this day, he remains the undefeated

South African Latin champion.

Despite trying to continue his

studies, financial woes eventually

saw Johannes quit in favour of

employment in Johannesburg,

appearing in a stage show and

teaching dance to the elderly. But

for two years, before getting his

“break” on a cruise ship, Johannes >>>

lived rough, sleeping in the

doorway of a city-centre taxi rank,

and showering in shopping mall

toilet facilities, all so he could save

money to send home to his family.

It was during this ordeal that he

had the biblical verse ‘no weapon

formed against me shall prosper’

tattooed on to his ribs.

“That was my mantra for the

longest time. I come from a family

of very strong personalities. My

mother and my aunts are my pillars

of strength. But looking back, I

was so miserable, and I can’t tell

you where the courage to do that

came from,” says Johannes, quickly

correcting himself. “I actually tell

you lies. It was all because I needed

to provide for my family. That was

so important.”

It still is. Johannes sends home

a portion of his Strictly earnings,

but now the gesture comes without

sacrifice. He rents an apartment

in north London, and is househunting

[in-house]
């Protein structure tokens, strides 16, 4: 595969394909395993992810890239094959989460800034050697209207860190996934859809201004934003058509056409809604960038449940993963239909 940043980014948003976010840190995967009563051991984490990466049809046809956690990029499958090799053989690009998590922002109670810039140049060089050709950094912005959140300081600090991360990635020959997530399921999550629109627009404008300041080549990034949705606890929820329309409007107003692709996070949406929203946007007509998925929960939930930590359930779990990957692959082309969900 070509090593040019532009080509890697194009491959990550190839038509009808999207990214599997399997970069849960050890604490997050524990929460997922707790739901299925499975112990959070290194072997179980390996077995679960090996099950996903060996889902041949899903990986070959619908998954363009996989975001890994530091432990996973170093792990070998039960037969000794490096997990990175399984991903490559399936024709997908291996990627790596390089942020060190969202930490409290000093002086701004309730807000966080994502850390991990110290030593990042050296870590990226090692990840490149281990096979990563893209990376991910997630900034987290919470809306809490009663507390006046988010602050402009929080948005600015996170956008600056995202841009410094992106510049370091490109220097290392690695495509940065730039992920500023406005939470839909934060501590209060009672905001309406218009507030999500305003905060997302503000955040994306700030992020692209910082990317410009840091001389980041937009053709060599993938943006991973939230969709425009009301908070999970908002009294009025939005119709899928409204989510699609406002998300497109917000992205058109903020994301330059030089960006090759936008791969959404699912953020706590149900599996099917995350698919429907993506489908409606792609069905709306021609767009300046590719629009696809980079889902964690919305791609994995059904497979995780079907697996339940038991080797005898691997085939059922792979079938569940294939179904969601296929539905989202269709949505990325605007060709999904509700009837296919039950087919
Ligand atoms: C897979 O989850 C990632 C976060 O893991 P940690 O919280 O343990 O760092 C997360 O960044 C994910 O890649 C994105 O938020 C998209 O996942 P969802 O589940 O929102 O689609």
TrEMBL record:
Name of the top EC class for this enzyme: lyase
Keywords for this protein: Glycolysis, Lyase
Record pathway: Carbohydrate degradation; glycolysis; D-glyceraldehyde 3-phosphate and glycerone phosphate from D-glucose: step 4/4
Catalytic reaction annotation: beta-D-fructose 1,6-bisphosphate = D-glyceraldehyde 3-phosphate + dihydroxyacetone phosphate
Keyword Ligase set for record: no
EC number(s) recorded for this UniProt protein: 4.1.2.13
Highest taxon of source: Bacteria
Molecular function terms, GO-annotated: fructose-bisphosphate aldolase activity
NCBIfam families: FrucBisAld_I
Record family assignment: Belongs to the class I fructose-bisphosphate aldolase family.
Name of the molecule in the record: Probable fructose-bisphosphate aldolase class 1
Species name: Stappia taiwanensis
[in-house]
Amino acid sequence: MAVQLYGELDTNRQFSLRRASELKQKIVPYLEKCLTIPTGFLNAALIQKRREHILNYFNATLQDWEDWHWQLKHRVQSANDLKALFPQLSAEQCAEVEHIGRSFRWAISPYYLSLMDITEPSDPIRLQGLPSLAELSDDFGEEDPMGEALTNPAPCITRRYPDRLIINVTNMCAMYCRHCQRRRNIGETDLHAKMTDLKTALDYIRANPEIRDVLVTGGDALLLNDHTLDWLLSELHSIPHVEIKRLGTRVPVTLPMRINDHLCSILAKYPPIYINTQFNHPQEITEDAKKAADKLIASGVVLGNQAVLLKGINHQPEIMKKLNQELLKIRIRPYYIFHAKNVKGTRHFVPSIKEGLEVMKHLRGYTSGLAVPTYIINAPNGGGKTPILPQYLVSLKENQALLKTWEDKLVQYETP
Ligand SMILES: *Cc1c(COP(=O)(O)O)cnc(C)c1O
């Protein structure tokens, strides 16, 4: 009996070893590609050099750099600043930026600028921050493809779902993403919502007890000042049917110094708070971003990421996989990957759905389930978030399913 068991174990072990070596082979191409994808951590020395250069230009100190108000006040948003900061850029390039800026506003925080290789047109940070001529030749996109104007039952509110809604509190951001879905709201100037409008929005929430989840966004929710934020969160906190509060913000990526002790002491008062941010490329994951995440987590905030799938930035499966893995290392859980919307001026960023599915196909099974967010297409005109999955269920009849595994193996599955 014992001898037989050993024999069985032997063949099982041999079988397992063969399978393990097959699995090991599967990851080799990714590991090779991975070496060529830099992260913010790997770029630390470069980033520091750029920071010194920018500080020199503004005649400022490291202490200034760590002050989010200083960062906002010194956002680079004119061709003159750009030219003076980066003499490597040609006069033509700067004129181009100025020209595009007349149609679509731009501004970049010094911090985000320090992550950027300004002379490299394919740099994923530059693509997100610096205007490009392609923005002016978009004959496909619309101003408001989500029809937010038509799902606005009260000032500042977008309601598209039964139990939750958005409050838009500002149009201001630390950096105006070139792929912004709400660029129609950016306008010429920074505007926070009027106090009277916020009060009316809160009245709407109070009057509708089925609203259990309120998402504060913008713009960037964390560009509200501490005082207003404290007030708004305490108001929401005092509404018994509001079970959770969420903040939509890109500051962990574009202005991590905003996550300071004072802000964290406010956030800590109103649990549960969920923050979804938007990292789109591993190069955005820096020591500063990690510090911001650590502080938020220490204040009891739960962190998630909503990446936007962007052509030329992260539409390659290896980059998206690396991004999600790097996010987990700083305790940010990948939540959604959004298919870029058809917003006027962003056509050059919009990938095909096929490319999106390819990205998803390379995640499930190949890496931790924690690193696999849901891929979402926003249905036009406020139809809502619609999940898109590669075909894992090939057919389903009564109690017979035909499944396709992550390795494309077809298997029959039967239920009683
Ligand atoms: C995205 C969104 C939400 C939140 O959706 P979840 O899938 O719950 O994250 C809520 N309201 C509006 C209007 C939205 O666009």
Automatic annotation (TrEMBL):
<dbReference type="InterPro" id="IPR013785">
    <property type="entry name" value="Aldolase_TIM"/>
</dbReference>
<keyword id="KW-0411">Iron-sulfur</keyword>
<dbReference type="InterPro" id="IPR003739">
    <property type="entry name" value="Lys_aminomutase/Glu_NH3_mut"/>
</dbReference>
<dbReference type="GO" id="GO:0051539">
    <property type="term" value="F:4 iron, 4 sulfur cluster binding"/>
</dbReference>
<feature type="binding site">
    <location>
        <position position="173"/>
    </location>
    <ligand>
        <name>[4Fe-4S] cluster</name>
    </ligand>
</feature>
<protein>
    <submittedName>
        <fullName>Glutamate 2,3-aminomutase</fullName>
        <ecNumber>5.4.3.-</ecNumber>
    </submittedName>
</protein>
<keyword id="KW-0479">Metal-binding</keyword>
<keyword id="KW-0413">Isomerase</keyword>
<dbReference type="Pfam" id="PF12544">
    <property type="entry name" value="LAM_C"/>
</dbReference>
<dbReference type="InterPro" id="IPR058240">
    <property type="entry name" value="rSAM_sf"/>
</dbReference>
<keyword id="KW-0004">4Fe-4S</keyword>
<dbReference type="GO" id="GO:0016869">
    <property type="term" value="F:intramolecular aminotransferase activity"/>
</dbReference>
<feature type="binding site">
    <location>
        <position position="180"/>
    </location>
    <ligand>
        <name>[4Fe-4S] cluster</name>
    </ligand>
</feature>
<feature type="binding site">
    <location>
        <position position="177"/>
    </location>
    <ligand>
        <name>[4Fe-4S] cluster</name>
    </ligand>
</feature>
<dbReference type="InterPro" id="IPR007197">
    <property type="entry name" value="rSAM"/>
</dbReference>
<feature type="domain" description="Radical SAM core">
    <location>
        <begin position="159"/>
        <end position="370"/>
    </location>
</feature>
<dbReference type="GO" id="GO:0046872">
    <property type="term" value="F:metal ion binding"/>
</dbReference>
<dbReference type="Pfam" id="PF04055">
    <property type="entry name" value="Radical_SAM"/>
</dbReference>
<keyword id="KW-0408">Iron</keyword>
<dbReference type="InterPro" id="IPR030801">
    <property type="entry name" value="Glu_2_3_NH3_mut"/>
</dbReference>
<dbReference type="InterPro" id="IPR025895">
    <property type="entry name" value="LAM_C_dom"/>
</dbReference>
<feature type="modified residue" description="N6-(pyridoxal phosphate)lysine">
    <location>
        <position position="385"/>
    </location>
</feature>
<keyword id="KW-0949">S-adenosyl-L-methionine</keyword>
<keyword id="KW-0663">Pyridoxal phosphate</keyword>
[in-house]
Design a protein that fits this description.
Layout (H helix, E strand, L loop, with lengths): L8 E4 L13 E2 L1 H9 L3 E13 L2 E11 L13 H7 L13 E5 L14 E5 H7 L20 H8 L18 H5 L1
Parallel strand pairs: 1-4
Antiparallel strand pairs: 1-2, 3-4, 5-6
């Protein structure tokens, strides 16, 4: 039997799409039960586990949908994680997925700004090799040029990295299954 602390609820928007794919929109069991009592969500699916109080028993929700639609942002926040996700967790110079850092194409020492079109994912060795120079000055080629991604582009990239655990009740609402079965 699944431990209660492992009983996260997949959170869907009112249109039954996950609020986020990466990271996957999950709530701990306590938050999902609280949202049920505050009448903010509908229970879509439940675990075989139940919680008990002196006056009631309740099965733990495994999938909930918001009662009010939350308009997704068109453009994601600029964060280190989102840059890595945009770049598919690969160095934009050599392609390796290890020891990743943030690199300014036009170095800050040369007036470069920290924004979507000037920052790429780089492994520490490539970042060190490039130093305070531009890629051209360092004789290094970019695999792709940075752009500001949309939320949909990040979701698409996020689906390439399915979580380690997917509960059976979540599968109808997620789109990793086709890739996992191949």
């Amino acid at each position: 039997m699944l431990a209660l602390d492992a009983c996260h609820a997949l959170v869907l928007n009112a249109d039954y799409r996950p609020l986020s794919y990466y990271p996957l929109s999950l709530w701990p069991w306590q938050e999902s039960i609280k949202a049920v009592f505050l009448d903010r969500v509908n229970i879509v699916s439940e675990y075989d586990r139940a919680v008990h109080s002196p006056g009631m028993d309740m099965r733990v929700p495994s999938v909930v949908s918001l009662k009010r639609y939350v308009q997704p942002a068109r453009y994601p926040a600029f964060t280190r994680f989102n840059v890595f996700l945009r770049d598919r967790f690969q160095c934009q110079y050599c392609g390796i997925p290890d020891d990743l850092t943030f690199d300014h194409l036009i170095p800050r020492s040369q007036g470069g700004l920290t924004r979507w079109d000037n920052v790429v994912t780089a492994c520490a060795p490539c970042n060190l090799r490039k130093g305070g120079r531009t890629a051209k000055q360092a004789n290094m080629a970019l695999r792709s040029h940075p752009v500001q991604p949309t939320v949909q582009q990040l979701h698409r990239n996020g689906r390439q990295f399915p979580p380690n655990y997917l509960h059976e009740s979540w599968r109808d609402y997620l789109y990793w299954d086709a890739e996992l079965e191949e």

in South Africa for his own

place, plus one for his mum.

I ask what his father would make

of his achievements. The question

prompts Johannes’ chin to fall to

his chest.

“Dad’s death was a sad one,

because it was quick. We were

very close…” he says, his voice

momentarily disappearing. “I think

dad would have been very proud.

Mostly, I think he would have been

shocked that I had the courage

to do what I’ve done. The fact he

didn’t get to see all this unfold

leaves me feeling sad at times, but

I’m happy I did it and I’m sure,

wherever he is, he is happy, too.”

As our time together draws to a

close, I wonder whether Johannes

unwittingly carried the shame he

endured as a boy into adulthood

I think dad would have been very proud.

The fact he didn’t get to see all this

unfold leaves me feeling sad at times,

but I’m happy I did it and I’m sure,

wherever he is, he is happy, too

and, if so, what effect his two gamechanging

Strictly performances

and the subsequent “incredible”

response of his wider family have

had on his mindset.